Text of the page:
Business income:

Business income refers to the amount of profits you lost if you had to file a business interruption insurance claim.

This is usually calculated by studying previous months business profits.

Business income includes the net income your business would have earned and the expenses your business would have incurred if you didn’t have to file a business interruption insurance claim.

If the loss is covered, the insurance company is responsible for the income you lost when your business couldn’t operate – either at all or completely.

Period of restoration:

Period of restoration is another term you should know if you must file a business interruption insurance claim.

The term refers to the period needed to repair, rebuild or replace the property that was damaged in the loss.

Keep in mind the period of restoration isn’t connected to the policy term. The restoration period may extend beyond the policy expiration date. If the initial loss occurred within the policy period, the policy should cover any business interruption insurance claim.

Additional coverages when filing a Business Interruption insurance claim

In addition to coverage for business income, the business interruption coverage provides additional coverages that may be available if you must file a business interruption insurance claim.

Extra Expense coverage and a Business Interruption Insurance Claim

One of the most common and helpful additional coverages is the extra expense coverage.

Extra expense coverage is usually included in the business interruption insurance. It is available to cover any extra expenses you may incur because of the interruption of your business operations.

This may include any extra expense you must incur that you would not have had if it weren’t for the business interruption claim.

For example, if you can’t operate out of your office space due to a covered loss and the only way to continue operating is to rent some other office space, that additional rent is considered an extra expense and may be covered under your business interruption insurance claim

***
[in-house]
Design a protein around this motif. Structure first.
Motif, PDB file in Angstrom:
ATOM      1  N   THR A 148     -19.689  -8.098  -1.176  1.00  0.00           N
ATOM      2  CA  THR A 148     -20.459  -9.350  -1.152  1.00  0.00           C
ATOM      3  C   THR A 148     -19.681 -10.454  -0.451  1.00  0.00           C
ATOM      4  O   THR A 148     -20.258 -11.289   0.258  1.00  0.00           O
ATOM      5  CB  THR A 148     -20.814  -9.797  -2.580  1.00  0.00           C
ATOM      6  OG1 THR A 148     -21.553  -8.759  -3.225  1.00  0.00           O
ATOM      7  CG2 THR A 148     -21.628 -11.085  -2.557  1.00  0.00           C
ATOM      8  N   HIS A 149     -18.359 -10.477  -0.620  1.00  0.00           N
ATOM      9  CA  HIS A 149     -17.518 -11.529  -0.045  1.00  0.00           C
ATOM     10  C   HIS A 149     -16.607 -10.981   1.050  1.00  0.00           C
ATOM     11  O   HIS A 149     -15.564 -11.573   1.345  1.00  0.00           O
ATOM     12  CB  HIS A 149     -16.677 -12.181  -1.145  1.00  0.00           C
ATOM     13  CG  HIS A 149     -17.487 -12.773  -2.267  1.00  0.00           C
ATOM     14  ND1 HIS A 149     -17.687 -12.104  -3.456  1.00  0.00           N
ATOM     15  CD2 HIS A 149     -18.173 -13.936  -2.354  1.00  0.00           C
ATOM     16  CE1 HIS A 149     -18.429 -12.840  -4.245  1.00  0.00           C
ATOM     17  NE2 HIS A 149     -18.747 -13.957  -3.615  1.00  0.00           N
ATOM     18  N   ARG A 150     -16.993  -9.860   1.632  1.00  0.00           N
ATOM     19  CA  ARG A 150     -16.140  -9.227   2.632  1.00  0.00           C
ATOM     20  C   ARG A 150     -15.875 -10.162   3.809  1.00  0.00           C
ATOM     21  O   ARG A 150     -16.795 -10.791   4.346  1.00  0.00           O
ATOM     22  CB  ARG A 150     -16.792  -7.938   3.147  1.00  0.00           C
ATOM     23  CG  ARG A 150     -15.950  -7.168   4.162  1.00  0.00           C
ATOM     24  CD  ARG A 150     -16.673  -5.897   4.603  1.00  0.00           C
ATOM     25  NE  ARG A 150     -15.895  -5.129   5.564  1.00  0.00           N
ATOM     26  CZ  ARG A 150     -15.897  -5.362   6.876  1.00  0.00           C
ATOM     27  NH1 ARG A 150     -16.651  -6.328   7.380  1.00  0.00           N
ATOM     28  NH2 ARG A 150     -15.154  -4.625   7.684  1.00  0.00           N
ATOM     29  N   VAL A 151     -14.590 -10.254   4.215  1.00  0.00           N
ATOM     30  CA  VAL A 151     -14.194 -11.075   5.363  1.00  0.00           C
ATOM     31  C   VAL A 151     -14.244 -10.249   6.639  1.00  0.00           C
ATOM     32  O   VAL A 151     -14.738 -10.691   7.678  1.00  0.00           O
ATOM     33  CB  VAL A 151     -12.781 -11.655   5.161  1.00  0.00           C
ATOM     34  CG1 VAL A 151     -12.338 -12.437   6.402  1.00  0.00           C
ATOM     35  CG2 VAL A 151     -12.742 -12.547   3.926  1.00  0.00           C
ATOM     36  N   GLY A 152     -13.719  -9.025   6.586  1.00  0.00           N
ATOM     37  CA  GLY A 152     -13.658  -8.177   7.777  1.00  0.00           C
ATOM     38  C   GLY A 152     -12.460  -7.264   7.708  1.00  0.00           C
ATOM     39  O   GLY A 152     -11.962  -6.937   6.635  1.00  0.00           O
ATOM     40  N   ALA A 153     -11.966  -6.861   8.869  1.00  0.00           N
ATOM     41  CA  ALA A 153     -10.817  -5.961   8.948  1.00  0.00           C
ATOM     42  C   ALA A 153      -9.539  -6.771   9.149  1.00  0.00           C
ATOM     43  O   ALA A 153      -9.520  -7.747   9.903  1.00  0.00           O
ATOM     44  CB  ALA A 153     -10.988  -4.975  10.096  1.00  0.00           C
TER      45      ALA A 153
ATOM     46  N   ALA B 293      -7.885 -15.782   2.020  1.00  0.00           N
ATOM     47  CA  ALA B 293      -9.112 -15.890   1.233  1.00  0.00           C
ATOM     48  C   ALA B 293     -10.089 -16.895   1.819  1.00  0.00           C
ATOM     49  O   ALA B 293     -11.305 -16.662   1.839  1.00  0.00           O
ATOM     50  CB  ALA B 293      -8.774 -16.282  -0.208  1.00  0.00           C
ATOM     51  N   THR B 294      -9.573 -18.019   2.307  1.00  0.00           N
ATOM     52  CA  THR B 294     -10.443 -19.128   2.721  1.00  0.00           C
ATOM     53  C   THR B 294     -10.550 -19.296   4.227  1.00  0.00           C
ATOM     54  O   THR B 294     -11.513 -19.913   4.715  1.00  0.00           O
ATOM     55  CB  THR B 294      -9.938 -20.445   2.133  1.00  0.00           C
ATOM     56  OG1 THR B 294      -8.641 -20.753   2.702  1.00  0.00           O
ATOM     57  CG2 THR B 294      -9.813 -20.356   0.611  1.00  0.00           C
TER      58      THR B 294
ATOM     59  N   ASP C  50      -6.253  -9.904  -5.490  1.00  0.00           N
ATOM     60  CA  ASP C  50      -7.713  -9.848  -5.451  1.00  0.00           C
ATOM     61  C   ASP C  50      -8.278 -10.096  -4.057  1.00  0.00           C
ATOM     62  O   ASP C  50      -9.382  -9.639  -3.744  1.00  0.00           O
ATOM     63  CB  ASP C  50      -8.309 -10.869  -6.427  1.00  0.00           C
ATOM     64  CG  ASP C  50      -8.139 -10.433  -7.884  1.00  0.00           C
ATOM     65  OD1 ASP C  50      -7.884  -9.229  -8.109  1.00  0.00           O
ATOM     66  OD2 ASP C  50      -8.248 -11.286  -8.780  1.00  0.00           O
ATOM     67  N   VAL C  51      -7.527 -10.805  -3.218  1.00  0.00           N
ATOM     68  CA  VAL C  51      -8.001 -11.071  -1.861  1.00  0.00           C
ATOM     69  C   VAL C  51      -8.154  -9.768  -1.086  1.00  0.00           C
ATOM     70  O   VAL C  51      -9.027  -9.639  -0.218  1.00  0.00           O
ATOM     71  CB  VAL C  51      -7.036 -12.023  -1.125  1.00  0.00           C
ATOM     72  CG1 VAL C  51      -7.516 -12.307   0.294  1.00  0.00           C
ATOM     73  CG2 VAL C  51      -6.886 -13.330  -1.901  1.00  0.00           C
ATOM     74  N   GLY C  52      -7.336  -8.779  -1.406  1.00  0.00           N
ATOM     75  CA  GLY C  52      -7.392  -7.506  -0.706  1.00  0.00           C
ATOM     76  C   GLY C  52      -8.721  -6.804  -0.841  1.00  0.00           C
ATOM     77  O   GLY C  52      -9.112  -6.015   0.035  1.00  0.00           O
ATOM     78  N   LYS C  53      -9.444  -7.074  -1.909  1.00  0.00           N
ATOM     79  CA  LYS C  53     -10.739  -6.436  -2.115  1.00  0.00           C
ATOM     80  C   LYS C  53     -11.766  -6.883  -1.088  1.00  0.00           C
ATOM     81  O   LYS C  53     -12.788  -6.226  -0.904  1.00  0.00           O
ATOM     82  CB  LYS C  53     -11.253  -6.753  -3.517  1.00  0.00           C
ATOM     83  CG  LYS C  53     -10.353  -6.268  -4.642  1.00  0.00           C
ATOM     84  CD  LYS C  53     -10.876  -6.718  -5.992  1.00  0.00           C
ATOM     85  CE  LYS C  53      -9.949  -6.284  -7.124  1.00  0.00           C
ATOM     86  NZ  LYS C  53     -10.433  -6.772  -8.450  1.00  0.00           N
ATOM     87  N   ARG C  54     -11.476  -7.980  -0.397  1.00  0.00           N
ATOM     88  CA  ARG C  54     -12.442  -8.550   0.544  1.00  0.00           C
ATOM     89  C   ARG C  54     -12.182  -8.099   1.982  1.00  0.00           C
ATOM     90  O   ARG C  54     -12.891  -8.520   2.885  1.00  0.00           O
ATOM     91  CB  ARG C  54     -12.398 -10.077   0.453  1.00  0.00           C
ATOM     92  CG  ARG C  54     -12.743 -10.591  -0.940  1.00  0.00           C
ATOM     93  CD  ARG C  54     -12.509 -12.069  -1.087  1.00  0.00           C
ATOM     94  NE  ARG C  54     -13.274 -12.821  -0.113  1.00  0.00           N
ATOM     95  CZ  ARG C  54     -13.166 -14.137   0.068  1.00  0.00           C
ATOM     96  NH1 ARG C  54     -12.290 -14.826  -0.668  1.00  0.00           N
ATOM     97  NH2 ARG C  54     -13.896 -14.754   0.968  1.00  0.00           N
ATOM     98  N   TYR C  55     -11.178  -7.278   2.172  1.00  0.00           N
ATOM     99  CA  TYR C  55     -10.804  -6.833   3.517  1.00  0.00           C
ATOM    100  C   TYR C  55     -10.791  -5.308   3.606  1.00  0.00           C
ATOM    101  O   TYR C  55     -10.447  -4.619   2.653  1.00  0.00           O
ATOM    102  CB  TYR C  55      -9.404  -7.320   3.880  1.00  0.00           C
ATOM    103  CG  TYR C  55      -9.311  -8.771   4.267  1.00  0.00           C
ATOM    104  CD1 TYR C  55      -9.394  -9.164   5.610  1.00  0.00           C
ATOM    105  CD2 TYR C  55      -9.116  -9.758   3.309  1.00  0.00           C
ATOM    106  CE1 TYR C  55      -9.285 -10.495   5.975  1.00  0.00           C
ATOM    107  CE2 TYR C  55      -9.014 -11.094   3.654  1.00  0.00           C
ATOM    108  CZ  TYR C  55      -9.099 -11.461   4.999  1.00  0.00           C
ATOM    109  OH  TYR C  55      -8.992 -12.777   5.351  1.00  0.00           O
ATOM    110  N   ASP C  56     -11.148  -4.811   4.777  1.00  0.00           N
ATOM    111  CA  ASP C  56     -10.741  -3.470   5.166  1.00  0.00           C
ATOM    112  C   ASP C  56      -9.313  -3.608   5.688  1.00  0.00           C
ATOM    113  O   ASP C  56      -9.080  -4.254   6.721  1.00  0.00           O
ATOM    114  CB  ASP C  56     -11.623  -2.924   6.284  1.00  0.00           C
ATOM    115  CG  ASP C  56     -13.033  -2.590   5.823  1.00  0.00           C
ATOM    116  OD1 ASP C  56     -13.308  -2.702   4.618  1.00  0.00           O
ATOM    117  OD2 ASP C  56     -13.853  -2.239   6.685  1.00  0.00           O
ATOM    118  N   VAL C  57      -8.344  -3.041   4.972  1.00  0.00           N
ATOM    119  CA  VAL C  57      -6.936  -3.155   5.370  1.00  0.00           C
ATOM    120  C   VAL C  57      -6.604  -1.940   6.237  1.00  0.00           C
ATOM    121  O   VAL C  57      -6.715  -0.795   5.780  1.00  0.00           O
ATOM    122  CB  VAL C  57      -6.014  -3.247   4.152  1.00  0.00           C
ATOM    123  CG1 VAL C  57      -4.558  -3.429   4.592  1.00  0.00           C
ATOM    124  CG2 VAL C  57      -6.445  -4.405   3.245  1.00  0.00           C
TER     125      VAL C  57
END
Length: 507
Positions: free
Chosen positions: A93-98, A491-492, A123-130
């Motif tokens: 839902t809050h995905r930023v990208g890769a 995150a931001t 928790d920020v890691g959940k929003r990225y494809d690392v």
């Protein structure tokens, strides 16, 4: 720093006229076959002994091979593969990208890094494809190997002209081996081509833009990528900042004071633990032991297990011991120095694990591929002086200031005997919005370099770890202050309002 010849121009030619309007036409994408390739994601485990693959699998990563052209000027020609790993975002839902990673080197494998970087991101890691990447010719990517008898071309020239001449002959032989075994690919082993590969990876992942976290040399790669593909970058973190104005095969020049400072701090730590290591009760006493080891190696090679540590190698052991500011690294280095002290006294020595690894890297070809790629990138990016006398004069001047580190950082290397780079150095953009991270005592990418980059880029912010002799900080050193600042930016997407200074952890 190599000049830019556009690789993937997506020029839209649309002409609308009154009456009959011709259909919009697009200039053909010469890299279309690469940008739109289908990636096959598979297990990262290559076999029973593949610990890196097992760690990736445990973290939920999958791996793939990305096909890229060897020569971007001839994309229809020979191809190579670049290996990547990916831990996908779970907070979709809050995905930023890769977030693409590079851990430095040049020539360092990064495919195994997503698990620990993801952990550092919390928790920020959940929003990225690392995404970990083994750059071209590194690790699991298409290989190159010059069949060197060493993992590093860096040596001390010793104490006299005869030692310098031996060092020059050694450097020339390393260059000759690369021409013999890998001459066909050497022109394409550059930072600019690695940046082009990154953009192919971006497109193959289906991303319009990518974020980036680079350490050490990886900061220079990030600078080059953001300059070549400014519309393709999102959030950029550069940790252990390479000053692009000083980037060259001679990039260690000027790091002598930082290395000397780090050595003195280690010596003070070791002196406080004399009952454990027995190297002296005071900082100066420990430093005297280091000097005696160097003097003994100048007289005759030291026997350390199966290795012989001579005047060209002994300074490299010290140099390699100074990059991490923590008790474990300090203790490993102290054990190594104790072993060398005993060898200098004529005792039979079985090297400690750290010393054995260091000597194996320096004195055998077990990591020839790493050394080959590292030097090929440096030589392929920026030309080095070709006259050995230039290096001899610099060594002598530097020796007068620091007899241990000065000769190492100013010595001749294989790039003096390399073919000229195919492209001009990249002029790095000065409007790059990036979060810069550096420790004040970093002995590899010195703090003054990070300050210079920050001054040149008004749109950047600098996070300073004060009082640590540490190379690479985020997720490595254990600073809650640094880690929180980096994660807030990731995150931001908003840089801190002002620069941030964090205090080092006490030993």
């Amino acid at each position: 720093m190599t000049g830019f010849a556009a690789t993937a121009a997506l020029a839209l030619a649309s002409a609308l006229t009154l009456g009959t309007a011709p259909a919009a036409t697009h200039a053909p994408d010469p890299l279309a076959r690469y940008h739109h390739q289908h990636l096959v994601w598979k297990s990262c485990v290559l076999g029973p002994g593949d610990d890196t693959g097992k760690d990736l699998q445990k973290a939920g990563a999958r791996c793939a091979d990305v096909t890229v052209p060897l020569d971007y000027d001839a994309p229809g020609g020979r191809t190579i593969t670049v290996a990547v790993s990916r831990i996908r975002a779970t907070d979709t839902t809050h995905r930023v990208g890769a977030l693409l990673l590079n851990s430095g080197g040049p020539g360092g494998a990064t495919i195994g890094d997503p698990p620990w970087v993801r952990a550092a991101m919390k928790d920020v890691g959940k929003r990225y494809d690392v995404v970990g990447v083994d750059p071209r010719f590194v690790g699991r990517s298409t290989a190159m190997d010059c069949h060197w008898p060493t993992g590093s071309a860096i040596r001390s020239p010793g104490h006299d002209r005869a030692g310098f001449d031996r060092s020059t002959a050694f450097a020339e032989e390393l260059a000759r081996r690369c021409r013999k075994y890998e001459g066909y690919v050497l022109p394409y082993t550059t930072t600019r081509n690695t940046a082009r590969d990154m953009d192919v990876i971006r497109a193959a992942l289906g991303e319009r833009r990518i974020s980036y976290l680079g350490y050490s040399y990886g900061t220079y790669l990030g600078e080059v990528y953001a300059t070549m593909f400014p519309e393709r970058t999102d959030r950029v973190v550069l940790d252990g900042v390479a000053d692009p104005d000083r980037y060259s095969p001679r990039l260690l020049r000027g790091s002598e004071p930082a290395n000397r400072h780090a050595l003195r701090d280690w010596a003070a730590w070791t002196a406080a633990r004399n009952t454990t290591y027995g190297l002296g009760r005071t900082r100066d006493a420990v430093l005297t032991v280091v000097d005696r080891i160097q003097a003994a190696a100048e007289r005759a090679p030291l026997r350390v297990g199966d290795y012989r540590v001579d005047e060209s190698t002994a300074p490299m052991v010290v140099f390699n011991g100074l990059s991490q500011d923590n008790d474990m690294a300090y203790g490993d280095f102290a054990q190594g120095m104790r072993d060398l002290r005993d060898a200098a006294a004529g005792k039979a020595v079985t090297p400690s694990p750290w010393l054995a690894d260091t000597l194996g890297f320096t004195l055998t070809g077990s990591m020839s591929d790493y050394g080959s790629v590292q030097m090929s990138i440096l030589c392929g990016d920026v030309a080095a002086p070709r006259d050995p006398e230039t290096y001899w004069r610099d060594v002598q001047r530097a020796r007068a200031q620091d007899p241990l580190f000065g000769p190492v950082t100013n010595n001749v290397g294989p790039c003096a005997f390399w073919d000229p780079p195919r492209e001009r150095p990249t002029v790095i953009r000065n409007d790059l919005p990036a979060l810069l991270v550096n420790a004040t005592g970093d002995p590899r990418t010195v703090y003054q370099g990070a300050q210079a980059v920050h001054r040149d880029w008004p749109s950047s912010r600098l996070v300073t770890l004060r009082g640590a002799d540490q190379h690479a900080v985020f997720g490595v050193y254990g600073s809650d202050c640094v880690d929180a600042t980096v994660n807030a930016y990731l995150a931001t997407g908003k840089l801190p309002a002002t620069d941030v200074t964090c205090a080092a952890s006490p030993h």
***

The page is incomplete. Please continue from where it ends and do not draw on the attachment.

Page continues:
What should I do if I have a Business Interruption Claim?

If you have suffered a business loss and think you may have a business interruption claim here are some tips:

  • Call your insurance company
  • Mitigate your damages – do anything you can to minimize the damages. This may include boarding up doors or windows or calling a water remediation company.
  • Document your expenses, and save all your receipts
  • Gather your operating expense and profit records from the past six months.

Having a business interruption claim is difficult and frustrating. But if you have proper coverage, you should not have to absorb a loss of income or extra expenses taken to continue operations. Call Your Large Loss Adjuster if your business is struggling after a business interruption insurance claim or loss of income. 

If you have experienced a loss and your business operations were affected, contact Your Large Loss Adjuster for help.

Related: What is the Difference Between Denied and Partially Denied Claims?